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In 1974 Sue delivered two beautiful identical twin daughters. They were the “talk of the hospital,” she says. They were still talking days later, but for different reasons, when the girls had their first seizure in the nursery.
At three months, Kaylie and Kylie were diagnosed with spastic quadriplegic cerebral palsy. The doctor encouraged Sue to place the girls in an institution and forget they were born. Sue refused.
Her doctor predicted the girls wouldn’t live past the age of one. When they turned one, the forecast changed to three, then five, then eight as they grew older. Exasperated at the gloomy predictions, Sue said, “Look, the girls are going to be here as long as God wants them to be. I don’t want anybody telling me they aren’t going to make it because I am going to fight tooth and nail for their lives.” And so, she has, providing total care for the twins for 47 years.
Much attention has been given to children caring for their aging parents, far less to parents like Sue caring for children with disabilities for decades. In my 35-year career supporting people with intellectual and developmental disabilities (IDD), I have worked with hundreds of parents. For the last six years, I have been involved in the nonprofit initiative Orange Socks telling parent stories on social media. Although circumstances differ and disabilities vary, the parents’ stories have much in common.
Many parents of children with severe and profound disabilities want to care for them at home as long as possible. Doing so may require one of the parents (generally the mother) to quit their job and become a full-time caregiver. Home modifications might be needed, and in some cases, bedrooms and even living rooms become pseudo-hospital wards complete with respirators, GI tubes, and monitors. These parents can’t get babysitters, and vacations are difficult if their children are technology-dependent. Regardless, they soldier on determined to care for their children. As Sue said, “I was going to do whatever I had to do to take care of them.”
Children have better physical and mental health outcomes living at home than in institutions
In the 1950s, 60s, and early 70s, many physicians thought the best advice was to institutionalize a child with IDD for the “good of the child and the family.” Turns out that direction was wrong. The children have better physical and mental health outcomes living at home than in institutions, and despite the challenges, or maybe because of them, the family is better off too. When asked if they would do it again and keep their children at home, universally, these parents state they absolutely would.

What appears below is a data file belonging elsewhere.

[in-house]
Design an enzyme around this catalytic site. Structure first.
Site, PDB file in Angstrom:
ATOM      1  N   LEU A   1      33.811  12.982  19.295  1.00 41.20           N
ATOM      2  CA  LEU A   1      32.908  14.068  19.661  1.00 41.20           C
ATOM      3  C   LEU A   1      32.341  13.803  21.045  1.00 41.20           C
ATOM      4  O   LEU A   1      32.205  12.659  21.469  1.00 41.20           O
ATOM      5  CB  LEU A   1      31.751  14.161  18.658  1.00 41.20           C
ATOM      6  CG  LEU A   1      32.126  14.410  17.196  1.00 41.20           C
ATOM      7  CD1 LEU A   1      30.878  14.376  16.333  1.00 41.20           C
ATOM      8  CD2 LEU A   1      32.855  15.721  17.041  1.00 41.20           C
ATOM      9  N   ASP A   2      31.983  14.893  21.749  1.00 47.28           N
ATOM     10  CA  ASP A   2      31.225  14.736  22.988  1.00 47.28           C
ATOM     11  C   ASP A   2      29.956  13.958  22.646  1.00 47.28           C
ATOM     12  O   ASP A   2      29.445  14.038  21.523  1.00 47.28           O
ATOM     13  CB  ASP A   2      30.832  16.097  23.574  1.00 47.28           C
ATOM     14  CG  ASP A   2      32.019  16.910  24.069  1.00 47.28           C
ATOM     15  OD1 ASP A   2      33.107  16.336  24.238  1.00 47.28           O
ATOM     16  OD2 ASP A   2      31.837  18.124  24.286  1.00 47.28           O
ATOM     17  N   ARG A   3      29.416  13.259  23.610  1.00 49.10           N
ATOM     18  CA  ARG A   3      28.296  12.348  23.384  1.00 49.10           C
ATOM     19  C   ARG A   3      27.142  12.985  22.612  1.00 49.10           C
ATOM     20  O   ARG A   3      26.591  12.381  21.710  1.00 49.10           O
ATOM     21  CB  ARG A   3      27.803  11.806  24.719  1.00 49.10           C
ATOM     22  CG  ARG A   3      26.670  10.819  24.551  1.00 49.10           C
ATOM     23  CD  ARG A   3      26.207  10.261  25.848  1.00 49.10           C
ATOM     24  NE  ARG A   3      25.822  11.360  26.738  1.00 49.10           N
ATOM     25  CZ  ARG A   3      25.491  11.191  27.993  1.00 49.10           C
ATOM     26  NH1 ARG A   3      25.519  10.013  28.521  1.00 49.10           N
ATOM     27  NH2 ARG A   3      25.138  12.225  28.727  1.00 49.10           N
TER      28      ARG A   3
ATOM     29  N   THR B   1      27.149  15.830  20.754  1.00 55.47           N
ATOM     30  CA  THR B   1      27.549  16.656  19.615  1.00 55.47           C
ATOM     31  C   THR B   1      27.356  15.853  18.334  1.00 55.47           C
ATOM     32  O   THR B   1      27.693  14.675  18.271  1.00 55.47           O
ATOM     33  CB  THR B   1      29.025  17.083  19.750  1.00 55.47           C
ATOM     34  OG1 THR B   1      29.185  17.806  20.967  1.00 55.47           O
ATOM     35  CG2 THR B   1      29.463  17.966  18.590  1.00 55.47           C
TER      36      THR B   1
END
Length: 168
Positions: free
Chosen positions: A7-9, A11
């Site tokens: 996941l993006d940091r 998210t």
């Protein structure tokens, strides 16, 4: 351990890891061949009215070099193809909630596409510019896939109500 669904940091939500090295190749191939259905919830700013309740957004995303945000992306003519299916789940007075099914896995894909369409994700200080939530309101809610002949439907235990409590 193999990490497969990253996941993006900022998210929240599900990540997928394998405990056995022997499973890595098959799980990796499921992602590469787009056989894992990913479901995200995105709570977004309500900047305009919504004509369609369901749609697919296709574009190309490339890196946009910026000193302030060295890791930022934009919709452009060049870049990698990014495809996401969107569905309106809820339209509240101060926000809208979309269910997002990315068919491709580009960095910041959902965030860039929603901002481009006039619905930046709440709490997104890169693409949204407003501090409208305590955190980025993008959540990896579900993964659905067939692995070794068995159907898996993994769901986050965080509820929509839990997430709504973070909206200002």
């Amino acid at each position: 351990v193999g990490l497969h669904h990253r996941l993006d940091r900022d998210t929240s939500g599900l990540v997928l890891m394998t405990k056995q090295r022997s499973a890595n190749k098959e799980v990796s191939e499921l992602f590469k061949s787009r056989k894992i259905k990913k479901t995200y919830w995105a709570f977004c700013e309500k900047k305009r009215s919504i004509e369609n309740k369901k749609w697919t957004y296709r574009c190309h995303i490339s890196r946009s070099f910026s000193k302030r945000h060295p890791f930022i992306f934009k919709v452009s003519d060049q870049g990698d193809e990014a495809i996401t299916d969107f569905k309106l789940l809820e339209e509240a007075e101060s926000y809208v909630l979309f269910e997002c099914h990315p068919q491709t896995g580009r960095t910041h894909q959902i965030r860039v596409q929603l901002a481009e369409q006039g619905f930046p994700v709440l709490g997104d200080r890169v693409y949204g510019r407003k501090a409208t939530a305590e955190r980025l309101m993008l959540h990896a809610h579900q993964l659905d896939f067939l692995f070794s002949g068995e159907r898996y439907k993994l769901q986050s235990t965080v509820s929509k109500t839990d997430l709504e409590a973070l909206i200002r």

Speaking personally (I have a 19-year-old daughter with IDD) and professionally, when parents discover their child has IDD, they go through the following three phases:
This is the shock phase. Parents grieve for the child they thought they were going to have. Often, they are racked with thoughts of “why me” and wonder if they did something to cause it. Sometimes parents blame God, their pre-conception behavior, pollution, vaccines, or a host of other suspects. I was grief-stricken and cried all night after my daughter was born. Eventually, the why diminishes, giving way to the next phase.
“Why not me?”
After the guilt and blaming subside, many parents conclude, well, “why not me?” This is the head phase. I thought at the time, “I have the means and the education; who better to raise this child?” There is less emotion in this phase as parents steel themselves, marshaling forces and confronting their new family reality head-on. Parents become dogged advocates for their children. Many want answers and turn to their physician or “Doctor Google” to get them. Some parents want their neonatologist or pediatrician to foretell the future, then, these same parents take joy in proving the doctor wrong. I don’t know how many times I’ve heard, “The doctor said (insert child’s name) would never (walk, eat by mouth, go to school, etc.) but just look at them now. They were sure wrong.” The physician just cannot win. Although the advocacy continues the rest of the child’s life, the mechanization of this phase matures into the next stage, which is where the joy comes in.
“Thank God it’s me.”
This is the heart phase. Parents start recognizing the blessings the child is to the family. Of her now-deceased husband, Sue says, “He loved them dearly and wanted to help, but he didn’t realize the blessing they were to him until later on in life.” It took my wife about a week to reach this phase. I hate to admit it, but it took me four years to get it. This last phase is the real reason 77-year-old Sue continues to bathe, feed, diaper, dress, and care for Kaylie and Kylie as well as hundreds of parents just like her.
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